Do you ever get the feeling that there is a lot of dissension and conflict within the Church nowadays? Well, of course you do, because there IS a lot of dissension and conflict within the Church nowadays.
Do you ever wish the Church today was more like the Church during biblical times, when all the believers were in agreement on faith issues, and they showed compassion and love toward each other all the time? Well, if you wish for that, I’m sorry to inform you that the early Church was not all rainbows and lollipops. There was plenty of dissension and conflict back then.
We get a glimpse of this volatile situation in the Acts of the Apostles, chapter 20. St. Paul was speaking to a group of ordained priests from the city of Ephesus. After telling them to keep watch over the people entrusted to them, he offered this warning: “I know that after my departure savage wolves will come among you, and they will not spare the flock. And from your own group, men will come forward perverting the truth to draw the disciples away after them.”
So, in the so-called good ol’ days of the Church, when all believers supposedly were in agreement, St. Paul said that “savage wolves” would attempt to destroy the faith. And here’s the stunning part: he claimed these evil men would be “from your own group.” Now, don’t forget, St. Paul was speaking to a bunch of priests, the overseers of what we would call today the local parishes. In other words, Paul claimed that a serious threat to the faith of sincere believers would come from ordained priests who perverted the truth.
It pains me very much to say this, but a similar situation exists today. There are a significant number of ordained priests who have drifted far from the original deposit of faith, which was handed down by Jesus Christ Himself to the apostles and then to the Church. And I’m not talking about relatively minor things, such as whether Communion should be received on the hand or the tongue, or what style of music is appropriate for Mass.
I’m talking about really important Catholic Christian doctrines, such as: did Jesus physically rise from the dead? Is Jesus really present in the Eucharist? Does Hell exist? And especially in our current culture, does God really have any firm rules regarding human sexuality, or does He just want us to do whatever makes us feel good?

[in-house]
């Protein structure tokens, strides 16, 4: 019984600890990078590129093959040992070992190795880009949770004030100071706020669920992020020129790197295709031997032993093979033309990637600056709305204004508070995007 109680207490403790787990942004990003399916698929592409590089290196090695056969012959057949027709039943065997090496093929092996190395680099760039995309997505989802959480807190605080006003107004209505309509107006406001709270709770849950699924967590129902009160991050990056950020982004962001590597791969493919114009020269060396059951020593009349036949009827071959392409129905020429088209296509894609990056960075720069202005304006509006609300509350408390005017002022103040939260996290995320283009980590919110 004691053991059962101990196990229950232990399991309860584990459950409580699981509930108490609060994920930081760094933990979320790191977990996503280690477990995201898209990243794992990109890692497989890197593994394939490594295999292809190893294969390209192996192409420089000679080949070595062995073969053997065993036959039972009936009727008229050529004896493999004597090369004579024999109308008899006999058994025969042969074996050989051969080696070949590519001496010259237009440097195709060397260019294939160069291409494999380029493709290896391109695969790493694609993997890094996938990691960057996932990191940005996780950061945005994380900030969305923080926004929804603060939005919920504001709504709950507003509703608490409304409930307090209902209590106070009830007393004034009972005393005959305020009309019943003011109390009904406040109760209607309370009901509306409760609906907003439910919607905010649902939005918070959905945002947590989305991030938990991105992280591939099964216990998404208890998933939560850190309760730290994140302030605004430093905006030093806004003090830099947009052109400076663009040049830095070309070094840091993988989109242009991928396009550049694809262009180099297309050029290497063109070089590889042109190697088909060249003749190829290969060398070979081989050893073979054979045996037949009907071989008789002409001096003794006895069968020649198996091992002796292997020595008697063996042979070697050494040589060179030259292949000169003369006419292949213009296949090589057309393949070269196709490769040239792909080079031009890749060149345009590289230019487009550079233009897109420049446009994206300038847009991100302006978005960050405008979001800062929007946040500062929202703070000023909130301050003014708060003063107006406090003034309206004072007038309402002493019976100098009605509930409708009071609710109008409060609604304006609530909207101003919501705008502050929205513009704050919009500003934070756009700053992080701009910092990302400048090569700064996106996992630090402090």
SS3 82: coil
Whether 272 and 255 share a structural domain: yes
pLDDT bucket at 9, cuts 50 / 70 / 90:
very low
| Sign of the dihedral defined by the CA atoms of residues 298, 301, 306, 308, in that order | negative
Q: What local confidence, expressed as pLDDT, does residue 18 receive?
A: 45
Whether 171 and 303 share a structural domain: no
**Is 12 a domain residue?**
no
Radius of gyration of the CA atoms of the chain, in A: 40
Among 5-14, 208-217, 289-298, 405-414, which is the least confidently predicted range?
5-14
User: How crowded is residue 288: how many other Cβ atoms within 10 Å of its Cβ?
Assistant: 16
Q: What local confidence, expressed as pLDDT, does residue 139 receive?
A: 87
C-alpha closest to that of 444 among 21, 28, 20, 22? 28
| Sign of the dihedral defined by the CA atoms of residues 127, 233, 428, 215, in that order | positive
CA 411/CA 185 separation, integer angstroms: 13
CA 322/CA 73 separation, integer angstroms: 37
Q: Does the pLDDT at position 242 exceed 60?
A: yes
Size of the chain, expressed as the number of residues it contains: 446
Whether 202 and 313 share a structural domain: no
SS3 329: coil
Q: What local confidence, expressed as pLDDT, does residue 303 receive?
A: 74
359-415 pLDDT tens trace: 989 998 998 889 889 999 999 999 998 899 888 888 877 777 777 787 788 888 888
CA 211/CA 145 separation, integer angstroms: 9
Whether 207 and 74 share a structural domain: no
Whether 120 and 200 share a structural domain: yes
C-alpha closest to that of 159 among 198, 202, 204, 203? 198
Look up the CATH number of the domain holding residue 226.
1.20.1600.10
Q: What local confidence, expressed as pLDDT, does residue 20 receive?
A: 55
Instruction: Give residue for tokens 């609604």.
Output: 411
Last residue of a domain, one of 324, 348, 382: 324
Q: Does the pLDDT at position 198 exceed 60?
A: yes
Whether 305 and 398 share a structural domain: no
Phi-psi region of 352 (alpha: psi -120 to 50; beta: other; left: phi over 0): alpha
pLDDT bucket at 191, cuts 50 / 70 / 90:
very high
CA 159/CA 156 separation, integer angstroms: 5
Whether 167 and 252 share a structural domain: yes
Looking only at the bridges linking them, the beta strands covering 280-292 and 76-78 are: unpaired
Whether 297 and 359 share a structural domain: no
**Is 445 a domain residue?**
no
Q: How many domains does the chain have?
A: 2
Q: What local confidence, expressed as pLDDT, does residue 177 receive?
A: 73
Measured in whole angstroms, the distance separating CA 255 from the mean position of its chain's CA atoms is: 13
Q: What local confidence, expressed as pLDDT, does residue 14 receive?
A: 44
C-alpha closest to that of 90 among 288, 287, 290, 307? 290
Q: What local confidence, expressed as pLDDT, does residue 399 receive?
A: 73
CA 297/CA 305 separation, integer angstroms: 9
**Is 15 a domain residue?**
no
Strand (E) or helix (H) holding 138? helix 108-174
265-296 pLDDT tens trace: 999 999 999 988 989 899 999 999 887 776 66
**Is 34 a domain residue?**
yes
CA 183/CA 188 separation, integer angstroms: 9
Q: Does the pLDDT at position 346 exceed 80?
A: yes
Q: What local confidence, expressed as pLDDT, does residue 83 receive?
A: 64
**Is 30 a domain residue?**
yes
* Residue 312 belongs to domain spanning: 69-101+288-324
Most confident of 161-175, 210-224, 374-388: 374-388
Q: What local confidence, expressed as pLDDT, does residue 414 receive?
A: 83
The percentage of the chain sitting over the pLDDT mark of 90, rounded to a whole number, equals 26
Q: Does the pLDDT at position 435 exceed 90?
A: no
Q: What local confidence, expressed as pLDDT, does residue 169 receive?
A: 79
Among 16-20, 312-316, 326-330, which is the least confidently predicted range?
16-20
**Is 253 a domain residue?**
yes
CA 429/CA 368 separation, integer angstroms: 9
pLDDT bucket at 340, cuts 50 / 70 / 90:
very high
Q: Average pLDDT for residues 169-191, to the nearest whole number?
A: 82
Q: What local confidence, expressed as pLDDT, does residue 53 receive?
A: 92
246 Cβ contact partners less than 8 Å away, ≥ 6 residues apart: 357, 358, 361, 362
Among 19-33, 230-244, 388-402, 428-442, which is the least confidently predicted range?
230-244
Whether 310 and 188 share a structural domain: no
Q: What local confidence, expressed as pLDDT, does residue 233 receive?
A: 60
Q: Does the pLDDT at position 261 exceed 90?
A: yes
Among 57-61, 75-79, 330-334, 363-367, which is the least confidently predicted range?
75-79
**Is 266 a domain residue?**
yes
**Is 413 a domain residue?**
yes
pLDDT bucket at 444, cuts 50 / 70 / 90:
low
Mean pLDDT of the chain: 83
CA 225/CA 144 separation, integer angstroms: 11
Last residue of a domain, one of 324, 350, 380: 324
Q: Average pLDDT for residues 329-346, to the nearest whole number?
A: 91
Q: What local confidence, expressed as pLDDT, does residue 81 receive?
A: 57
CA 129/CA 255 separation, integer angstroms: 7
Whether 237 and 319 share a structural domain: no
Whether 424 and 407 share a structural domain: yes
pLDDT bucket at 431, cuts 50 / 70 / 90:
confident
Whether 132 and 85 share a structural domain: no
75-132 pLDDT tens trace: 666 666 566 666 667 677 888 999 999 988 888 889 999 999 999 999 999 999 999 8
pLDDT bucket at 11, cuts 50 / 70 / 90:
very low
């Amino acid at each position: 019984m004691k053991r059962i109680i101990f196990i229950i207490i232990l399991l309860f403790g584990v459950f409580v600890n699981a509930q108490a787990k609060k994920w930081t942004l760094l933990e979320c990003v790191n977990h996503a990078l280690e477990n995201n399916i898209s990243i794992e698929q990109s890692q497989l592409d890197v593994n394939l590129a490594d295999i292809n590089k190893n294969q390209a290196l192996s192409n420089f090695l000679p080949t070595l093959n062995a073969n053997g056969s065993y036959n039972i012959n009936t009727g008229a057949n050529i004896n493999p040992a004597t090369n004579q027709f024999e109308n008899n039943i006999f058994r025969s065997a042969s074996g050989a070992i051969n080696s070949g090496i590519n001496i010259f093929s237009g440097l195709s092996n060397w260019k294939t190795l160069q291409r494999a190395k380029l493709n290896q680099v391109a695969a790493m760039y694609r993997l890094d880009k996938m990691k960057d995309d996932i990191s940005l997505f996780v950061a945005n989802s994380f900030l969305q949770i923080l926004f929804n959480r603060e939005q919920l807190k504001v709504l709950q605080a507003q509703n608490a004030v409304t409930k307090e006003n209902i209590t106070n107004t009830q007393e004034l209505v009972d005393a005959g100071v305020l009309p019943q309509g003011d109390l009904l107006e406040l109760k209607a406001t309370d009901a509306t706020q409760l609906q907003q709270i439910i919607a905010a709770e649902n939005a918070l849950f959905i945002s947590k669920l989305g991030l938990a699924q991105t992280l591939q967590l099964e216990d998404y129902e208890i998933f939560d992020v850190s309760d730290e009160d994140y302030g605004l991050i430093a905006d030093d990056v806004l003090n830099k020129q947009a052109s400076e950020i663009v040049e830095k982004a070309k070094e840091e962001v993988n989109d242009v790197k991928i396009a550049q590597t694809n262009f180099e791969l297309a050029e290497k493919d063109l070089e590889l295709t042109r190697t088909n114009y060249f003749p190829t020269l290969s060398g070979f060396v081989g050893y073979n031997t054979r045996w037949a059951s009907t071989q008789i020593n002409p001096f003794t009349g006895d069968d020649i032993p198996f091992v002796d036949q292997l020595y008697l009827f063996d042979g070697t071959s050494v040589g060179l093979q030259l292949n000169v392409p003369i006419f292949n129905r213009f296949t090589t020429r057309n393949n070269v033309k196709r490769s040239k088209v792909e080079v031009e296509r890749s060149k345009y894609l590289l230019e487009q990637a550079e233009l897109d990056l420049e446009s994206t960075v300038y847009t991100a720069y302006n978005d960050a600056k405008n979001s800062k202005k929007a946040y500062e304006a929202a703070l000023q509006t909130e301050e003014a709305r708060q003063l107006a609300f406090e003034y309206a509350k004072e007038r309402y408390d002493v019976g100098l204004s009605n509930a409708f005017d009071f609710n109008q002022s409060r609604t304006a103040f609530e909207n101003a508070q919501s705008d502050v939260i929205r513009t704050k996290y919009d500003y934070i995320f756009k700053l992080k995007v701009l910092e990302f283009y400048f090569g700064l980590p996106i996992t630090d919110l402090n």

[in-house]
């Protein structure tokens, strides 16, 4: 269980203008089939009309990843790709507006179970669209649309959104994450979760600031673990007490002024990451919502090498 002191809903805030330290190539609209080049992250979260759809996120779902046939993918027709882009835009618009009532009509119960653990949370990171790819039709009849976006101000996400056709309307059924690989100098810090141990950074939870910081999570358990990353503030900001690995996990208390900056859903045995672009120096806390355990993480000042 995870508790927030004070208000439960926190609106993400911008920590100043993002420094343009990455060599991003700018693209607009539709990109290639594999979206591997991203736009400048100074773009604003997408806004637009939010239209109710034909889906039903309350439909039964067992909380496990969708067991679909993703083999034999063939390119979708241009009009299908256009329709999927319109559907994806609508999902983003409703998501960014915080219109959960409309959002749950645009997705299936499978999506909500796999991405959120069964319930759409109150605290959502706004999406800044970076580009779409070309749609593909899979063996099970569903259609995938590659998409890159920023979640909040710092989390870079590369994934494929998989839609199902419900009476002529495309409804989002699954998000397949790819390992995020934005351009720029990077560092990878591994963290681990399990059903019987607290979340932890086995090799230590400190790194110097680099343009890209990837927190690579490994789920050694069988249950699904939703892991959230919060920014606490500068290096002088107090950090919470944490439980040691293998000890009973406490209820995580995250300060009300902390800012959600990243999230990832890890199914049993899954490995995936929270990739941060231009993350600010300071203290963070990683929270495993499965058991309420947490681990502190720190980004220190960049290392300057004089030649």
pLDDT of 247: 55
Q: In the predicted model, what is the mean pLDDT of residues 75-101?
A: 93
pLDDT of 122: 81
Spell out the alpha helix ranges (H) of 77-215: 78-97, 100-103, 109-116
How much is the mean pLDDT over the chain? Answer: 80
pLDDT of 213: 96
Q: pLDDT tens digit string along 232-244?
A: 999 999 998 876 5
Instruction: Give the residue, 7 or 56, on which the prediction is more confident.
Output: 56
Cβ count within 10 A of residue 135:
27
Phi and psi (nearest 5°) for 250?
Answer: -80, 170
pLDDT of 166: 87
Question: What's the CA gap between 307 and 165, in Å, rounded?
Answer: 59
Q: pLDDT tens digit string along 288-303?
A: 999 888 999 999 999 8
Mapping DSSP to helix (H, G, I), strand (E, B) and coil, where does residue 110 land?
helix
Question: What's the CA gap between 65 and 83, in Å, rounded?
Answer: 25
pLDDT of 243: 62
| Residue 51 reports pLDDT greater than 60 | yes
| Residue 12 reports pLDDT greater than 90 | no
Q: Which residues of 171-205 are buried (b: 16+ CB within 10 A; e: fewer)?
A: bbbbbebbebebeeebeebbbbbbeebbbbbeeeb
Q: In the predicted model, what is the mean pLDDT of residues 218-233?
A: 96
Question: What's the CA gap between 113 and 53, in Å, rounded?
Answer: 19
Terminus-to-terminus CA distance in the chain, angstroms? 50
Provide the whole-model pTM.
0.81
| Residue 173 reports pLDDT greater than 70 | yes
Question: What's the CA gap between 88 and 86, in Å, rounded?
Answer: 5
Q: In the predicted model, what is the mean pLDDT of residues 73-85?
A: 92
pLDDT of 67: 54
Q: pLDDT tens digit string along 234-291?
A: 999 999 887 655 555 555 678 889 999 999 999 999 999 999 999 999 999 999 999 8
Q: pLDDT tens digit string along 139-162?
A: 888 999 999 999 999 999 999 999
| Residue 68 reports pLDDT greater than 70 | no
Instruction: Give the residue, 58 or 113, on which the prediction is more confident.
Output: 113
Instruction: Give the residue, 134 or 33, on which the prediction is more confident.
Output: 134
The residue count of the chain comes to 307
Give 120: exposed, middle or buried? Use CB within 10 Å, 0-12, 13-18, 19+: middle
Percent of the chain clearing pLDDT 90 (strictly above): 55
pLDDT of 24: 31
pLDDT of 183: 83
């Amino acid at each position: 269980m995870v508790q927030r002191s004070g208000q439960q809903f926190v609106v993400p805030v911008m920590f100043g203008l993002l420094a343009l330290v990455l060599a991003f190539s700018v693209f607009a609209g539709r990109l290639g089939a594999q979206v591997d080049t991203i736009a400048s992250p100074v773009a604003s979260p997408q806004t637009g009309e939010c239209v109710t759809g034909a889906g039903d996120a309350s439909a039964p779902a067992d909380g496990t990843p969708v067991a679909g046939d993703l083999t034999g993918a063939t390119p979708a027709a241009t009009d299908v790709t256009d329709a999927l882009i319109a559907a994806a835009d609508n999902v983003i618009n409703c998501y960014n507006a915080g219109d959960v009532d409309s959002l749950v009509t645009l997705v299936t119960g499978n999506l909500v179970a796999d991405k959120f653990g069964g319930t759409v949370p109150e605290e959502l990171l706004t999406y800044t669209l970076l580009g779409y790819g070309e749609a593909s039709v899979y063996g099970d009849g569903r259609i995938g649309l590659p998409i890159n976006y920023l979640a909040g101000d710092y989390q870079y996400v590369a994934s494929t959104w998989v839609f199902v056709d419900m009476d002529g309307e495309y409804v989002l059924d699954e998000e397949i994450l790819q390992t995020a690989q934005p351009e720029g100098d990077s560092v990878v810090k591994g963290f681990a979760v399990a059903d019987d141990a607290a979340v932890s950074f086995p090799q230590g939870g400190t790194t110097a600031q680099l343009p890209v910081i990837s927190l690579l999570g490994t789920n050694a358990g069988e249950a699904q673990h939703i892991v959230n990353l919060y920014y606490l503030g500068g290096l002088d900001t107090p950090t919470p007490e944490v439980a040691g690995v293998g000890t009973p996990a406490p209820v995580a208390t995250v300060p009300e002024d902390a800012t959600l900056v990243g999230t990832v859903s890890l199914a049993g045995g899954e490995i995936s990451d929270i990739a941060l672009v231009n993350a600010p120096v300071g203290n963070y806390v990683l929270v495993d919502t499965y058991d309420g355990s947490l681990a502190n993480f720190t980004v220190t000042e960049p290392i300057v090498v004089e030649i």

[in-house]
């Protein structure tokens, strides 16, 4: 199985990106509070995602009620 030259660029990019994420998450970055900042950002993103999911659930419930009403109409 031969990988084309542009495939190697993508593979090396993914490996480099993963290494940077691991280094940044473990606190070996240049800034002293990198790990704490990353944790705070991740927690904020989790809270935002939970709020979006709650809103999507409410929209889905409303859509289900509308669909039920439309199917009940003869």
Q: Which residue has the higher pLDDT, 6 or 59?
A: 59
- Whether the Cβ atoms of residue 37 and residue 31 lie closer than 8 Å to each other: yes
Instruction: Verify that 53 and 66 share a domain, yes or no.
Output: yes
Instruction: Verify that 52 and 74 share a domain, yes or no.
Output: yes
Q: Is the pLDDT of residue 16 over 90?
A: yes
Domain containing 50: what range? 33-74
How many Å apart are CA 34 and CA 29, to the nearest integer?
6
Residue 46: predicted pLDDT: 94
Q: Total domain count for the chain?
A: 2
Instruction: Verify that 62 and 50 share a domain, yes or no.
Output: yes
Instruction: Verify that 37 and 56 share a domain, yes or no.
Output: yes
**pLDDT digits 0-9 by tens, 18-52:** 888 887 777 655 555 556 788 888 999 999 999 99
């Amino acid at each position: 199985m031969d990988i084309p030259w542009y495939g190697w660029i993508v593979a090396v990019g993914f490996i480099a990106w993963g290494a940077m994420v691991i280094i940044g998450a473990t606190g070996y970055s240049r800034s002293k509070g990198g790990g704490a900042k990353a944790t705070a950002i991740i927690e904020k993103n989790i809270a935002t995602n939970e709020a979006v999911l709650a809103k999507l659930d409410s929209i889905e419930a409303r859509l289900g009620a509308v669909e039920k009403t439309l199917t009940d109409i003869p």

A big difference in today’s world compared to 20 centuries ago is mass communication. A priest who teaches heresy can get a large following quite quickly using Twitter and Facebook and YouTube.
At this point, many people might say, “Oh, don’t go overboard, Bill. If a priest starts teaching false doctrines, his bishop will stop him right away.” Well, don’t be so sure. Many bishops have a hands-off management style and give their priests a lot of leeway, and unfortunately, some bishops also have drifted away from clear Church teachings.
Don’t forget, in the wake of the Theodore McCarrick scandal, we have discovered that many bishops are—um, how shall I phrase this?—rather compromised, both in their personal holiness and in their acceptance of Church doctrines.
So, if this is the situation these days, what should we do? I have one suggestion: go to the Catechism. The Catechism of the Catholic Church, published in 1992, is the greatest gift given to us by St. Pope John Paul II. It spells out Church teachings in clear and simple language. If you hear a priest or bishop say something fishy, go to the Catechism and double-check it.
Thankfully, the vast majority of our priests and bishops are indeed faithful, holy men. But in this day and age, just like St. Paul’s time, we have to be very careful. There are “savage wolves” out there “perverting the truth.”
When in doubt, go to the Catechism. And then, of course, pray like your life depended on it—because it does.